The CBI lost all authority and jurisdiction to continue with any investigation in the cases, much less to file a closure report, after the state issued a formal notification to withdraw the cases from the agency in September 2018, said Nanda.
Instead of filing the closure report, the correct legal course for the CBI would have been to inform the court that it was no longer charged with the investigation, Nanda in a statement.
The Advocate General found the Central Bureau of Investigation (CBI) decision to file the closure report, all of a sudden, to be "intriguing", and said the move clearly indicated the agency's newfound hurry to give a clean chit to the accused in the cases.
Nanda also expressed surprise at the CBI's stand that the state was a stranger to the events, and thus not entitled to a copy of the closure report. This stand, he said, was absurd, considering that the agency itself had, in its closure report, cited the "reports" and "inputs" of the Punjab Police.
Explaining the legal position in the matter, the Advocate General said as per section 6 of the Delhi Special Police Establishment Act (under which the CBI operates), the consent of the state government is required to investigate, under the Indian Penal Code, criminal offences which have taken place in such a state.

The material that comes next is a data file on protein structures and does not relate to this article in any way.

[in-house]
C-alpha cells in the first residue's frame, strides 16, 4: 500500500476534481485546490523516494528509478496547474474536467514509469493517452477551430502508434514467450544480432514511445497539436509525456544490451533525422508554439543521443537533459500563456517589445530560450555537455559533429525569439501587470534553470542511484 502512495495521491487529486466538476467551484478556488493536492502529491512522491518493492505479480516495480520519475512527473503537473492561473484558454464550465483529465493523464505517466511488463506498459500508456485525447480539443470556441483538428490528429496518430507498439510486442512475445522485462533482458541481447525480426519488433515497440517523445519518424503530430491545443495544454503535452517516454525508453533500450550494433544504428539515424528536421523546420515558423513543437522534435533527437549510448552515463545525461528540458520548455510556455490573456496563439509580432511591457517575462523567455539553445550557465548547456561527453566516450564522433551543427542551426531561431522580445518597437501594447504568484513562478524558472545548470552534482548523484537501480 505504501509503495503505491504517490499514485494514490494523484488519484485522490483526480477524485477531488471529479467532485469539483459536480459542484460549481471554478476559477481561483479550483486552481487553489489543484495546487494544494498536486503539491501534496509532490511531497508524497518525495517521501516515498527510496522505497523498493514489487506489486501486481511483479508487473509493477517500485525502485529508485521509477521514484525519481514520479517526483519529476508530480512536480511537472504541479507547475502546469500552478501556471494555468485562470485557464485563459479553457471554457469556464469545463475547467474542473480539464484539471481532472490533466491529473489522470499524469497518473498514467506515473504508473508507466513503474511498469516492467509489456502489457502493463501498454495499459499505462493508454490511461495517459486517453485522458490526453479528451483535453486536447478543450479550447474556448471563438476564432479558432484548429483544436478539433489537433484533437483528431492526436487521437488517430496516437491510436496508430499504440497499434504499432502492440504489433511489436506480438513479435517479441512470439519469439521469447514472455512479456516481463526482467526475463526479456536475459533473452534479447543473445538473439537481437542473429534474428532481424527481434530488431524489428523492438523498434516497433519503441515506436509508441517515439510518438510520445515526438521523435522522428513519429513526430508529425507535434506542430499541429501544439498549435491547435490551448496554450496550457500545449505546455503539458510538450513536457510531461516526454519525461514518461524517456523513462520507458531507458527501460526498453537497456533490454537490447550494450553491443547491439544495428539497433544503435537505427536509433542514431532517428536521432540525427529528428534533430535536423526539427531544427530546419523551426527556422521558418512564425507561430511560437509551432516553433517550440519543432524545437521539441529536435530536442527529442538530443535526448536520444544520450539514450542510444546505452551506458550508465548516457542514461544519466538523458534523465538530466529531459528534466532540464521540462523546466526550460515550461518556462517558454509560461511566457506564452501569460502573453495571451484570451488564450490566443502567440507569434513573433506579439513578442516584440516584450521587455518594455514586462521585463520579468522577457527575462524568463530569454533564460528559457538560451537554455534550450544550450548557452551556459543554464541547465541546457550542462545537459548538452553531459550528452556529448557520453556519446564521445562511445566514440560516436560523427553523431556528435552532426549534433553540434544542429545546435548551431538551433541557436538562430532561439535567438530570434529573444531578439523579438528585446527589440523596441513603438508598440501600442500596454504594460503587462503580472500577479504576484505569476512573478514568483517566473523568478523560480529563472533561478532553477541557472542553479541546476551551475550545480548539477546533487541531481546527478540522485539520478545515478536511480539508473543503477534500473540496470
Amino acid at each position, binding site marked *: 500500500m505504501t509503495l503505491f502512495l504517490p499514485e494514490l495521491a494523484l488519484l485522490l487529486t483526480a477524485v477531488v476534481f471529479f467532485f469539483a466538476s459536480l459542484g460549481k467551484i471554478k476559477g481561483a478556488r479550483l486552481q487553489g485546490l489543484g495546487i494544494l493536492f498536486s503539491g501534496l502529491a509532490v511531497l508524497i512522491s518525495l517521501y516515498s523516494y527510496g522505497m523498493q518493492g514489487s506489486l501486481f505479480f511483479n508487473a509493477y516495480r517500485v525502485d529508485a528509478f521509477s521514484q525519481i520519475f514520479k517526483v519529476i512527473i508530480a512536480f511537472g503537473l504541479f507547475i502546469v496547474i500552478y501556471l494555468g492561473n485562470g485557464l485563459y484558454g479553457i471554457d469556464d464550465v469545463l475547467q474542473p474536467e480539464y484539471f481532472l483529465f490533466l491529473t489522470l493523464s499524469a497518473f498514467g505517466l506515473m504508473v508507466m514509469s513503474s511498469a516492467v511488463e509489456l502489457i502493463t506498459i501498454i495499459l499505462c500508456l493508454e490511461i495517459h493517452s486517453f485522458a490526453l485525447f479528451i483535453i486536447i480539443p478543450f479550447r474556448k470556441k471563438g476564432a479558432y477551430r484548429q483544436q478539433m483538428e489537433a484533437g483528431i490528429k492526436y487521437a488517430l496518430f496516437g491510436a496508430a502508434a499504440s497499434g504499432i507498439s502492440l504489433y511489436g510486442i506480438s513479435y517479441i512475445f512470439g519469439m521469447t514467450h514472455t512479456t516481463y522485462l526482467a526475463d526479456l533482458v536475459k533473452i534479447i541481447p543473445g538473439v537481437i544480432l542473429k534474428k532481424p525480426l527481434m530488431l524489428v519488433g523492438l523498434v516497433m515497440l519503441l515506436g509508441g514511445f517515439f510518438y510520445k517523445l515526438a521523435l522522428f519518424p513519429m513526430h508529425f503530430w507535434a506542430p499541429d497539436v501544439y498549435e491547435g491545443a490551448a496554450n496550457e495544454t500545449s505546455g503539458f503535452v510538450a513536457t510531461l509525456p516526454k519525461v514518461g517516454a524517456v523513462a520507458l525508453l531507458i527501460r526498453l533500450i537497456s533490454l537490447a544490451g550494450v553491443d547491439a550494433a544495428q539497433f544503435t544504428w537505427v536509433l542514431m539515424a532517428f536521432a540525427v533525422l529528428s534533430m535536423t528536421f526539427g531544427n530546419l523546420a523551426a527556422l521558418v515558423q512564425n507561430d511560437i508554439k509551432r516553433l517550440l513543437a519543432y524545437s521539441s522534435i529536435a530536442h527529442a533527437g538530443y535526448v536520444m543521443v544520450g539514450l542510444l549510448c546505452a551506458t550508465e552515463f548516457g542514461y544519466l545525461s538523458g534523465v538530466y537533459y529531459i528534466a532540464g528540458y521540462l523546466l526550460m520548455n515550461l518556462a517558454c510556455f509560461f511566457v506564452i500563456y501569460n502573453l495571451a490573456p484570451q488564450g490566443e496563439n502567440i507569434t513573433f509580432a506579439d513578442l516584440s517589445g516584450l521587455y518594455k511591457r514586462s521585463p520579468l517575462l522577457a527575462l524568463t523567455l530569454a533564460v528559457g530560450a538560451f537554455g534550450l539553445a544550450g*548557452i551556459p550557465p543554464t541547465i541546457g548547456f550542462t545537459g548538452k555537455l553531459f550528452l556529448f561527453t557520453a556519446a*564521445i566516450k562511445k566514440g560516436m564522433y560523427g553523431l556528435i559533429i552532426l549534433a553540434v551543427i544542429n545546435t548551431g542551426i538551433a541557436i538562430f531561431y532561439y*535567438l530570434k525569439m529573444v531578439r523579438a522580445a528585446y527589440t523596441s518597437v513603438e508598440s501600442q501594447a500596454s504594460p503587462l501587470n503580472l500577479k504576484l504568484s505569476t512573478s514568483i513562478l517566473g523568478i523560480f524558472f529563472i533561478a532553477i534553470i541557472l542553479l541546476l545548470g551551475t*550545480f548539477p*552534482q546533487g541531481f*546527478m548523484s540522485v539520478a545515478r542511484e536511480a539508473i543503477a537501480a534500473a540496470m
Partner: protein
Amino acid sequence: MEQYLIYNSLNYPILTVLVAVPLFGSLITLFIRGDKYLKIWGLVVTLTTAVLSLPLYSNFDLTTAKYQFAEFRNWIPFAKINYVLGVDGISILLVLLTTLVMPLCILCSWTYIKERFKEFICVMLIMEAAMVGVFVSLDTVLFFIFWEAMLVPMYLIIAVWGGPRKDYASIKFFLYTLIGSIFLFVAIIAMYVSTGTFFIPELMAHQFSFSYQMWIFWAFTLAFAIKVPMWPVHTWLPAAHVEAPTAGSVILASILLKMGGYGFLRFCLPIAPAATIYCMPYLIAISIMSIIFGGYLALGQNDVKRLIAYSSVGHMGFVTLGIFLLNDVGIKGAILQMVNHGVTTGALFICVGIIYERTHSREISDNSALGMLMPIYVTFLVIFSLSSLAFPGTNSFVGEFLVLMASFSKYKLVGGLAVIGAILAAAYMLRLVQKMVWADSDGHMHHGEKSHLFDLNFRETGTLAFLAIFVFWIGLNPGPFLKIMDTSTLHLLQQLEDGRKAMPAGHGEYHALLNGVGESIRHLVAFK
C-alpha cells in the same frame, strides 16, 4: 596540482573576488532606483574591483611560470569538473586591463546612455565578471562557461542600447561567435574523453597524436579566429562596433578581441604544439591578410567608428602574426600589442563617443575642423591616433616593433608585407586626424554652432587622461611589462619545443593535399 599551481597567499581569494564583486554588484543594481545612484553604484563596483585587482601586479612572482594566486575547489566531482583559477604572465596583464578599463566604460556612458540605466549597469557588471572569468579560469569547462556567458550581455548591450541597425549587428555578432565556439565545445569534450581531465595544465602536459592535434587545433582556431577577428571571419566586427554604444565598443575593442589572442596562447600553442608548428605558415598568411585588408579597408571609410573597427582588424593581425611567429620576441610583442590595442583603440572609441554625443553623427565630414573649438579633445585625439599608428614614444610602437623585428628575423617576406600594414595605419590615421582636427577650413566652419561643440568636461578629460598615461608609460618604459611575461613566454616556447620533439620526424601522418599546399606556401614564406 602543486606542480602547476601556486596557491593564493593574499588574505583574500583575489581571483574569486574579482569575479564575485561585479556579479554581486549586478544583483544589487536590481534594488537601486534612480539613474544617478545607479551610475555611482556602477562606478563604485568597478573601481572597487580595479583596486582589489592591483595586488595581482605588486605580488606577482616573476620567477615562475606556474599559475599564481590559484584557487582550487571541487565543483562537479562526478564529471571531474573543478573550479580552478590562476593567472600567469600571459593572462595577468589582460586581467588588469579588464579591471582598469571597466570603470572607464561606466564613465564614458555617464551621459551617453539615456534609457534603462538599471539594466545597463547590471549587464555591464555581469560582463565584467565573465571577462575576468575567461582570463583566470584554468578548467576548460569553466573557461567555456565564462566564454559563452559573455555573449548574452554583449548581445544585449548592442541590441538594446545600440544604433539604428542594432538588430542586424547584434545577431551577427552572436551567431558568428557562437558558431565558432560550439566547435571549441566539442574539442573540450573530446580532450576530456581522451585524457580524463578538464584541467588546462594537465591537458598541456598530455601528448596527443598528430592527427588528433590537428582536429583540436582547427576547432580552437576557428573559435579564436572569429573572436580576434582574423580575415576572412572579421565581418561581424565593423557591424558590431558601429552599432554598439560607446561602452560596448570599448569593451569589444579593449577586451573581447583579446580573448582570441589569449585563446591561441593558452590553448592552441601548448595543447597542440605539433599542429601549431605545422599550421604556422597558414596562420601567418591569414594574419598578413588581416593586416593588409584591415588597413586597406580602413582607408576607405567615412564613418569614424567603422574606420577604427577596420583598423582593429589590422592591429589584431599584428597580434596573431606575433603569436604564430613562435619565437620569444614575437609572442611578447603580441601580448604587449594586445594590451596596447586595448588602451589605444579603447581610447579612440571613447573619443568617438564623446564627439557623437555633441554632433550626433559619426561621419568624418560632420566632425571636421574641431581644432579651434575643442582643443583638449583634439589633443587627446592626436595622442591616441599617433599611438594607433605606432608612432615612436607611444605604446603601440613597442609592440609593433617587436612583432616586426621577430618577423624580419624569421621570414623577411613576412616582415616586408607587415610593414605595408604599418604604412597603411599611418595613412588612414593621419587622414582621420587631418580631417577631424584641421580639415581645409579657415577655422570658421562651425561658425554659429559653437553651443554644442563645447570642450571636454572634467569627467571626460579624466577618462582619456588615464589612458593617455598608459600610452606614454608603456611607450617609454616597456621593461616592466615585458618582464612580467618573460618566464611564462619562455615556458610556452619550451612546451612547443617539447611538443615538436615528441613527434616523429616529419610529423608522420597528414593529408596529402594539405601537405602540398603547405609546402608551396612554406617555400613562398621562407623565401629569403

The earlier Akali Dal regime had granted the consent. But on September 6, 2018, in line with a resolution of the Assembly, the state had passed a formal notification withdrawing the cases from the CBI.
He said this action was legally upheld by the Punjab and Haryana High Court in its January 25 order in a case filed by some accused police officers.
The high court had, in fact, noted that the CBI had, despite the lapse of almost three years, made no progress in investigation.
In contrast to the CBI's failure to make any progress in the cases, the special investigative team set up by the state to probe these cases had made significant headway, said Nanda.
( With inputs from IANS )